Originally Posted by JSWolf
A lot of publisher ePub have both a real ToC and an internal ToC. The real ToC (a lot of the time) will have an entry for this internal ToC. That is plain stupid. I'm already at the ToC. I have no need or desire to go to the internal ToC. So the entry for the internal ToC gets removed. Thus the renumber will happen.
With all due respect, since you are not in the business, you're not grasping the real issue here. You are so "html.toc-blind" that you don't get it. Many of us have moved on to "optimized ePUBs"
for clients--one book to rule them all, in other words. What this means is that we give an ePUB that will work for iBooks, Nook, Kobo and Amazon, amongst others, to a client. What that means is that the ePUB will, of necessity, have an html.toc. Period
. This is the single biggest reason for you to see them.
Moreover, you're making a quantum assumption that every
ePUB-platform displays the ncx. Have you tested every device in existence, to be sure that they do? Of course not, because it's not your job and you don't have "every" device in existence, right? What about those devices that don't? You think every reading app does this?
AND, as I'm pretty sure I've mentioned more than once, the use of the ncx as the "real" TOC is going away in ePUB3. The ncx will not be used for navigation; the "real" TOC will be far more an html.toc than an ncx. I know you know this. Therefore, is there some reason we all can't get over the idea that putting an html.toc in an ePUB is some heinous act of betrayal? I mean, for the love of heaven, you HAVE a functioning ncx, right? So you can go wherever you want? What does having the html.toc cost you? A page flip at most? A speck, an iota of annoyance? The ncx cometh, but now it goeth. Them's the breaks in progress. I personally prefer the ncx, for a million reasons, but...shrug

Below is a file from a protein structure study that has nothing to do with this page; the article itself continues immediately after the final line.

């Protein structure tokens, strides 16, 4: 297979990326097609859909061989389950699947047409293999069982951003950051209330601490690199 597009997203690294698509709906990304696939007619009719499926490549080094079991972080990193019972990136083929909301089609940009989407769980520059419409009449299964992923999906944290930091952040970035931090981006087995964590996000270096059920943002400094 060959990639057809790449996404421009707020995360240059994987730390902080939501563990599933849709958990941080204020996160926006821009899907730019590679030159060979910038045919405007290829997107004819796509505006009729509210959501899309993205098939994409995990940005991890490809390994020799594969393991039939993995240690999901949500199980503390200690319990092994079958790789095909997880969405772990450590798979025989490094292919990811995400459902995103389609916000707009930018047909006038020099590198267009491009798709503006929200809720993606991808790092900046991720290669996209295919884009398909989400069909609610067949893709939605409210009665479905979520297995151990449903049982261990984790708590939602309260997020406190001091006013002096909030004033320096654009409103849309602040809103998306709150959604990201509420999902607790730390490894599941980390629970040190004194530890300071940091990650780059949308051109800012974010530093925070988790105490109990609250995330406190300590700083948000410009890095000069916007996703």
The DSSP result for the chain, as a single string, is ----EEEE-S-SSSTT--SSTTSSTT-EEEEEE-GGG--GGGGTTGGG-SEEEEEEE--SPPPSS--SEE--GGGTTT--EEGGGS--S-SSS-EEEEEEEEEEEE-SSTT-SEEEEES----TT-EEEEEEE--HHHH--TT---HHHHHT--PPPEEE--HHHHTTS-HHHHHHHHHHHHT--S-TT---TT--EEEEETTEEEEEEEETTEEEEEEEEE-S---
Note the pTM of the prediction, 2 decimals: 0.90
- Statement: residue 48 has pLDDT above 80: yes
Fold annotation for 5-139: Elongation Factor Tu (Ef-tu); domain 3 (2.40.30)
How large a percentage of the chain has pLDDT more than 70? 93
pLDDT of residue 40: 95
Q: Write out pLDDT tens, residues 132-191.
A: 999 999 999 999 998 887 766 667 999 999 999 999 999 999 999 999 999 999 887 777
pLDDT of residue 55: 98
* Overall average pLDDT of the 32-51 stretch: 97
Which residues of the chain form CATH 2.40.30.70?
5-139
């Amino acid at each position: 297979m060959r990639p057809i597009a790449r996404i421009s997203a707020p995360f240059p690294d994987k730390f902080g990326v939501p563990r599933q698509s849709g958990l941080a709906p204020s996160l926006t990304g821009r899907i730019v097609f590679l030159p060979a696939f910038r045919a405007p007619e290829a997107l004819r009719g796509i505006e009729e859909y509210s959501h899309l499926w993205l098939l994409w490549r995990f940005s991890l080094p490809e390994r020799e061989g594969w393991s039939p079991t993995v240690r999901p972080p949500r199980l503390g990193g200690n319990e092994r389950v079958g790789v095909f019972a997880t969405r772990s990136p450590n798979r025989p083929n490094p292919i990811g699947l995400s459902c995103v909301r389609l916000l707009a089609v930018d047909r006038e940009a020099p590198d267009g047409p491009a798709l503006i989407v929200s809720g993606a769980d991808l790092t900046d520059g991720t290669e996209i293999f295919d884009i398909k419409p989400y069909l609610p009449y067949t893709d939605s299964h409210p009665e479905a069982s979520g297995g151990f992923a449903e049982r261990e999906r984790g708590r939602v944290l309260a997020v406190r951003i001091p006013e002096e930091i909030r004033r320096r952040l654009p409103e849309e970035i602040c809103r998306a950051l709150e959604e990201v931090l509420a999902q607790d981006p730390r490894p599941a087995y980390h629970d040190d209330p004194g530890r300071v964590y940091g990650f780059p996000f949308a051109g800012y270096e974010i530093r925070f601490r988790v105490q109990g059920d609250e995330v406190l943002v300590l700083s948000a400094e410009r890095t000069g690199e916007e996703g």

. I'm not the IDPF.org. I told you before, you should join over there
and raise your voice. Barking about it here is just wasting your breath, so to speak.
And lastly, you are ignoring completely the most
compelling reason for a publisher/author to put an html.toc in the book: marketing
. A potential reader on Nook or Amazon can't see the ncx TOC entries. But they can see the HTML.toc entries, and be enticed by that. Smart authors can use this to their advantage
So, unless/until someone comes up with a way for me to make optimized ePUBs with no html.toc in them, that will magically work on Amazon, I expect that you'll keep seeing them in ePUBs. While many of the "conversion" firms out there won't be moving to OE's, many of us will. I mean, why make two books if you can make one?
Just my $.02, FWIW.